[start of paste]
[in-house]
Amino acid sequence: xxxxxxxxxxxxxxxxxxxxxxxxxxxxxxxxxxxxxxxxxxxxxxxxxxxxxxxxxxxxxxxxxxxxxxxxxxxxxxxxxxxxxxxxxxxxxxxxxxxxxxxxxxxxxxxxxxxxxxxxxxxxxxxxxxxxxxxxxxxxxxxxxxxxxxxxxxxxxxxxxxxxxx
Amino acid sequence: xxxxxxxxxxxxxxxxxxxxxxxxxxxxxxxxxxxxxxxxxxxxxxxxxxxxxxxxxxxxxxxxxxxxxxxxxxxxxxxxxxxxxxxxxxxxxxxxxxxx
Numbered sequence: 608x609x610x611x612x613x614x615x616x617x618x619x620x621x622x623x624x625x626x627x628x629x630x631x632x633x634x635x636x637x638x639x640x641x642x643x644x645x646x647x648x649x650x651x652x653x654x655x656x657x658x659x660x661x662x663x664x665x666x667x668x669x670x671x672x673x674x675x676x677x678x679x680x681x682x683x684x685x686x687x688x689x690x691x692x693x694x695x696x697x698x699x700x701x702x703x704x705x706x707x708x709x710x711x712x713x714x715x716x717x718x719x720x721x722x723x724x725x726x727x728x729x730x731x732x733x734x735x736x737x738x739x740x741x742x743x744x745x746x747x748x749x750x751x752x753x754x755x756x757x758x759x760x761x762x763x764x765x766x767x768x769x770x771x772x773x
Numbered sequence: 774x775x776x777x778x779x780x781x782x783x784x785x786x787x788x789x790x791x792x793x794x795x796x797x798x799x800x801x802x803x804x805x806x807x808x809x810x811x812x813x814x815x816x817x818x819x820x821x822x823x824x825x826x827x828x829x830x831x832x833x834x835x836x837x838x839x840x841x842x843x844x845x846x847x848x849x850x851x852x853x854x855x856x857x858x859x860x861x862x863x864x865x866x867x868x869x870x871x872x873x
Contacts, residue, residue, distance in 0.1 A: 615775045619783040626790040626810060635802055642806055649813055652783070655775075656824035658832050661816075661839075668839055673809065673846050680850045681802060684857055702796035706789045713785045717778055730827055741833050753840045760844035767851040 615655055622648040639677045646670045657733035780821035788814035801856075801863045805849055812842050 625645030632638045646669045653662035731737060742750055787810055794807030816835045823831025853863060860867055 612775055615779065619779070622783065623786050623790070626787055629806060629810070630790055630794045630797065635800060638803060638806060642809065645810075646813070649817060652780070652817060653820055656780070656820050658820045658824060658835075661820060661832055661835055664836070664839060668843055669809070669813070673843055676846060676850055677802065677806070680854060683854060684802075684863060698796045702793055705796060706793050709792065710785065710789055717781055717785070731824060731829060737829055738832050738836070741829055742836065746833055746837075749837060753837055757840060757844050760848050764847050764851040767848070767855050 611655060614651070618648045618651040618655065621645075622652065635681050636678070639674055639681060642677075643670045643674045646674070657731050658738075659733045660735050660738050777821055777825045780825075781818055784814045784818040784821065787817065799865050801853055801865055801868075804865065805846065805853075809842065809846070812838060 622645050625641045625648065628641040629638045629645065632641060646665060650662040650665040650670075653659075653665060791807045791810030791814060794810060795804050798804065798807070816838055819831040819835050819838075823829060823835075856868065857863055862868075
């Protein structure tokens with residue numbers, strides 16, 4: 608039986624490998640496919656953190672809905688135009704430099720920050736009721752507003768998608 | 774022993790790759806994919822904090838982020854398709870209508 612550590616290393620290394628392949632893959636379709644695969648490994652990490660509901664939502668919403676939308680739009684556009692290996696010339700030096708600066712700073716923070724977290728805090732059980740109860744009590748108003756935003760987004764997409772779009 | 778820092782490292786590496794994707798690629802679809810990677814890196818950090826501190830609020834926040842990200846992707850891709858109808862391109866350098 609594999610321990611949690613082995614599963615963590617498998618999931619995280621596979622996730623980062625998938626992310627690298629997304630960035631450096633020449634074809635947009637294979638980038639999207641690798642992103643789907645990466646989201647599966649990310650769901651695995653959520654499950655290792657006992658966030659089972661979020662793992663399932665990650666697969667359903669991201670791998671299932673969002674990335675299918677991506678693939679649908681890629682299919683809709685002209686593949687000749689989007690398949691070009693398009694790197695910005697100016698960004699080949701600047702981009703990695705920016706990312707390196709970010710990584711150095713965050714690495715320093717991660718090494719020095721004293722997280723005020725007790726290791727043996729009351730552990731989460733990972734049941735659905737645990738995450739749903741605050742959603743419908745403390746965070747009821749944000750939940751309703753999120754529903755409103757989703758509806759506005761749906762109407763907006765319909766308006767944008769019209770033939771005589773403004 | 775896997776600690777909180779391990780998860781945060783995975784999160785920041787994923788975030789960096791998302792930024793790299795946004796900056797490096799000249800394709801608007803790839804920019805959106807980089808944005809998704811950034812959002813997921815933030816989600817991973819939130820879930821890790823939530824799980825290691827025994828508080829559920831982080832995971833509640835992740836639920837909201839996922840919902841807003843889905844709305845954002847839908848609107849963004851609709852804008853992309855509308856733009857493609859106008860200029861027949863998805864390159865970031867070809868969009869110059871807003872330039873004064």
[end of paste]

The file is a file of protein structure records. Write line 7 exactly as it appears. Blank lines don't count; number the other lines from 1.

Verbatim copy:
């Protein structure tokens with residue numbers, strides 16, 4: 608039986624490998640496919656953190672809905688135009704430099720920050736009721752507003768998608 | 774022993790790759806994919822904090838982020854398709870209508 612550590616290393620290394628392949632893959636379709644695969648490994652990490660509901664939502668919403676939308680739009684556009692290996696010339700030096708600066712700073716923070724977290728805090732059980740109860744009590748108003756935003760987004764997409772779009 | 778820092782490292786590496794994707798690629802679809810990677814890196818950090826501190830609020834926040842990200846992707850891709858109808862391109866350098 609594999610321990611949690613082995614599963615963590617498998618999931619995280621596979622996730623980062625998938626992310627690298629997304630960035631450096633020449634074809635947009637294979638980038639999207641690798642992103643789907645990466646989201647599966649990310650769901651695995653959520654499950655290792657006992658966030659089972661979020662793992663399932665990650666697969667359903669991201670791998671299932673969002674990335675299918677991506678693939679649908681890629682299919683809709685002209686593949687000749689989007690398949691070009693398009694790197695910005697100016698960004699080949701600047702981009703990695705920016706990312707390196709970010710990584711150095713965050714690495715320093717991660718090494719020095721004293722997280723005020725007790726290791727043996729009351730552990731989460733990972734049941735659905737645990738995450739749903741605050742959603743419908745403390746965070747009821749944000750939940751309703753999120754529903755409103757989703758509806759506005761749906762109407763907006765319909766308006767944008769019209770033939771005589773403004 | 775896997776600690777909180779391990780998860781945060783995975784999160785920041787994923788975030789960096791998302792930024793790299795946004796900056797490096799000249800394709801608007803790839804920019805959106807980089808944005809998704811950034812959002813997921815933030816989600817991973819939130820879930821890790823939530824799980825290691827025994828508080829559920831982080832995971833509640835992740836639920837909201839996922840919902841807003843889905844709305845954002847839908848609107849963004851609709852804008853992309855509308856733009857493609859106008860200029861027949863998805864390159865970031867070809868969009869110059871807003872330039873004064």